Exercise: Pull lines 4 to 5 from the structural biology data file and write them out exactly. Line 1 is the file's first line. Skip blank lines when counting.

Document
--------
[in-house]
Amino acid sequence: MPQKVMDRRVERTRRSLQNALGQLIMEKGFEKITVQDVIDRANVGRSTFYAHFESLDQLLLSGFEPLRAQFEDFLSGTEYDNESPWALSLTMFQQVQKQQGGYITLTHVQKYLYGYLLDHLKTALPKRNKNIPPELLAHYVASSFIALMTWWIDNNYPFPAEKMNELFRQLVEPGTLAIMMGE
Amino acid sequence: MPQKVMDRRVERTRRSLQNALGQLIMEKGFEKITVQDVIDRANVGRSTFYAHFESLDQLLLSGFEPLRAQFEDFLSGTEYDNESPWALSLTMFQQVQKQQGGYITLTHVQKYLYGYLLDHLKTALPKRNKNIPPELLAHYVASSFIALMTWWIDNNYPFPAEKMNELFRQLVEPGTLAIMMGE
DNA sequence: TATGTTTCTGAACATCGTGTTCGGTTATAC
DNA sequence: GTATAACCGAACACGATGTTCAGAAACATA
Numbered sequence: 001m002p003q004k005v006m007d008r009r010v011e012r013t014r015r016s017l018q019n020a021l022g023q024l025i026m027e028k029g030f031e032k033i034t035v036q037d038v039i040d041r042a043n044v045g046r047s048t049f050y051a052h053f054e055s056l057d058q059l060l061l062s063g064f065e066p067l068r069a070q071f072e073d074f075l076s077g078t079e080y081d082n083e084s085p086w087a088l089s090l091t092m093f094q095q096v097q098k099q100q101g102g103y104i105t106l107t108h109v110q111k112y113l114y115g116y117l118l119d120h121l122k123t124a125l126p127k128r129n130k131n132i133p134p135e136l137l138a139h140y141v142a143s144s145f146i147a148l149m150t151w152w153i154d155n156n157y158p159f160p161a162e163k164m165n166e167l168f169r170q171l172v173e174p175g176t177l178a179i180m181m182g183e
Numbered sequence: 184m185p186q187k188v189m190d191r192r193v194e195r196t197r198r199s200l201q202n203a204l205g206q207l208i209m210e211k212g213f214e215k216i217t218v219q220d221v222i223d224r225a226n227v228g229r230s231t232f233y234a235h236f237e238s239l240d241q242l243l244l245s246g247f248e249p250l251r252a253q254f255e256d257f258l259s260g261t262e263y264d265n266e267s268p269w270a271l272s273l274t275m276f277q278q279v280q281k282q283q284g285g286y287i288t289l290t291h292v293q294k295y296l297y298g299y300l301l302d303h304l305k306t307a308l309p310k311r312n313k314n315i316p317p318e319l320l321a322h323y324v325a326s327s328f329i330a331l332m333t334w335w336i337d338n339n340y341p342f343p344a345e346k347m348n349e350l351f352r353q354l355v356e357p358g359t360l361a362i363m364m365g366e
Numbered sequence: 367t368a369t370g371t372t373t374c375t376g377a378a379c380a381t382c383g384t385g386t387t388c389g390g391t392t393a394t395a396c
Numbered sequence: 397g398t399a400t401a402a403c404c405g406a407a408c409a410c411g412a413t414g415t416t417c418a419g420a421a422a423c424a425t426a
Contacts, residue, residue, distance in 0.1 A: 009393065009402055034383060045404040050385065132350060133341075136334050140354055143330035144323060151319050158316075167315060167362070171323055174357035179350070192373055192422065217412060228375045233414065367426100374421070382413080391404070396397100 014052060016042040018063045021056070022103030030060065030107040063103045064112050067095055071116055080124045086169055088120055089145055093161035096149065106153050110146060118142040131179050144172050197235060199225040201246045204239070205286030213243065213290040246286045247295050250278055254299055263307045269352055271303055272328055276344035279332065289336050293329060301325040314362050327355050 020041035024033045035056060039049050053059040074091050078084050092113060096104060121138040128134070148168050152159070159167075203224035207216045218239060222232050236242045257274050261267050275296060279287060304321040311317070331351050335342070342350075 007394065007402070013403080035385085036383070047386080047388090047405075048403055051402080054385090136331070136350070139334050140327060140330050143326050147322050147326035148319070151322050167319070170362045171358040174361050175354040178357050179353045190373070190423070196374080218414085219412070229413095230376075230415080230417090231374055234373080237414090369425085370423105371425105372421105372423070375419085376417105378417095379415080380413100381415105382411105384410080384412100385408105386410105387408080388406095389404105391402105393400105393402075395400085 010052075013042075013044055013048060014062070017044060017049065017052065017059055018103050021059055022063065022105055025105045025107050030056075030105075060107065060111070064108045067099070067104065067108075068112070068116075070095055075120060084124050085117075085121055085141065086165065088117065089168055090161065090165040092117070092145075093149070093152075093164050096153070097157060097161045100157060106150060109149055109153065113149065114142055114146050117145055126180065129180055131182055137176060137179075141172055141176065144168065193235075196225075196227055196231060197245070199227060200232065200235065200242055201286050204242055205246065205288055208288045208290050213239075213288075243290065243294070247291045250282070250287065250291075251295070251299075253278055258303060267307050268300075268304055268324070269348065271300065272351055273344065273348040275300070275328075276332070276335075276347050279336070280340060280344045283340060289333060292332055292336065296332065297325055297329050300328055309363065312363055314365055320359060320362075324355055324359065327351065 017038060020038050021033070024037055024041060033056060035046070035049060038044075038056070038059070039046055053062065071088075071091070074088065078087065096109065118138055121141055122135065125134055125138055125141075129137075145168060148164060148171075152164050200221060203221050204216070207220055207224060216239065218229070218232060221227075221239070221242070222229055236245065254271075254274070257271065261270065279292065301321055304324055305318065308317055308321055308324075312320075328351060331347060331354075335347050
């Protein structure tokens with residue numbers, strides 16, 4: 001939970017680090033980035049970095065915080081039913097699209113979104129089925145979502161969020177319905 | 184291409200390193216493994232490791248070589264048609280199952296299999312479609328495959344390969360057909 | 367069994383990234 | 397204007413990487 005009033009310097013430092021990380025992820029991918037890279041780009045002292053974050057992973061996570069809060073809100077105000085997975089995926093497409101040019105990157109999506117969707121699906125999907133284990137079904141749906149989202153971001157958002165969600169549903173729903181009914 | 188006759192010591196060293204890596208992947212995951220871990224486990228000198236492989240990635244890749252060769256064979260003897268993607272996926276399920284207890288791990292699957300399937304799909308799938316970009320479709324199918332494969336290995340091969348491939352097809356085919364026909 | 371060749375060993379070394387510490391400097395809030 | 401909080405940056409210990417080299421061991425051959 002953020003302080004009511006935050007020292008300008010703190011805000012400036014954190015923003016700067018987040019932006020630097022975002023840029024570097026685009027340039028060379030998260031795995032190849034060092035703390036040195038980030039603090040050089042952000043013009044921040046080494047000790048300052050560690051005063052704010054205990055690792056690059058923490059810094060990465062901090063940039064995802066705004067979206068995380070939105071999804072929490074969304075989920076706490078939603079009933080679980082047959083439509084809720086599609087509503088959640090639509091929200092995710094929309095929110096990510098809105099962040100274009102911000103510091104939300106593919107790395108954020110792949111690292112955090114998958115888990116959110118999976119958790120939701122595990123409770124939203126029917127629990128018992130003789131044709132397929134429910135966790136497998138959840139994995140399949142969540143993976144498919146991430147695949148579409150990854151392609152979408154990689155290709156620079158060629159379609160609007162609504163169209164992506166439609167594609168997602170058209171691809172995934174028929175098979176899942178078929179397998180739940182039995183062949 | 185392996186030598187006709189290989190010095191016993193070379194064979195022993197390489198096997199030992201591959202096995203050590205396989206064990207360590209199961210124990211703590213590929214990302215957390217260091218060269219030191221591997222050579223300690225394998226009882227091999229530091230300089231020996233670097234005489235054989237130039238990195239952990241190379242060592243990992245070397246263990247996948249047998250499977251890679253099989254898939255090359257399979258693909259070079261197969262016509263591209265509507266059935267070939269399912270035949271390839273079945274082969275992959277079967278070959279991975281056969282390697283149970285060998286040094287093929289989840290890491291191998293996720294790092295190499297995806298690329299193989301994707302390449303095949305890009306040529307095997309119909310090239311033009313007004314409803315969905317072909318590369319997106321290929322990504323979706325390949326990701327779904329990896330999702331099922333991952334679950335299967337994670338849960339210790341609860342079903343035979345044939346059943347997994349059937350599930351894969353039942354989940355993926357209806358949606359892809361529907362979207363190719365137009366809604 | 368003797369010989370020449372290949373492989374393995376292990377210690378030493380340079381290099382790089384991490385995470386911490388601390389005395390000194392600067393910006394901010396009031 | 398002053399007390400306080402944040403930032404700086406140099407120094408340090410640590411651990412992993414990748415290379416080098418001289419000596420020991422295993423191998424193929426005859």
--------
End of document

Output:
DNA sequence: TATGTTTCTGAACATCGTGTTCGGTTATAC
DNA sequence: GTATAACCGAACACGATGTTCAGAAACATA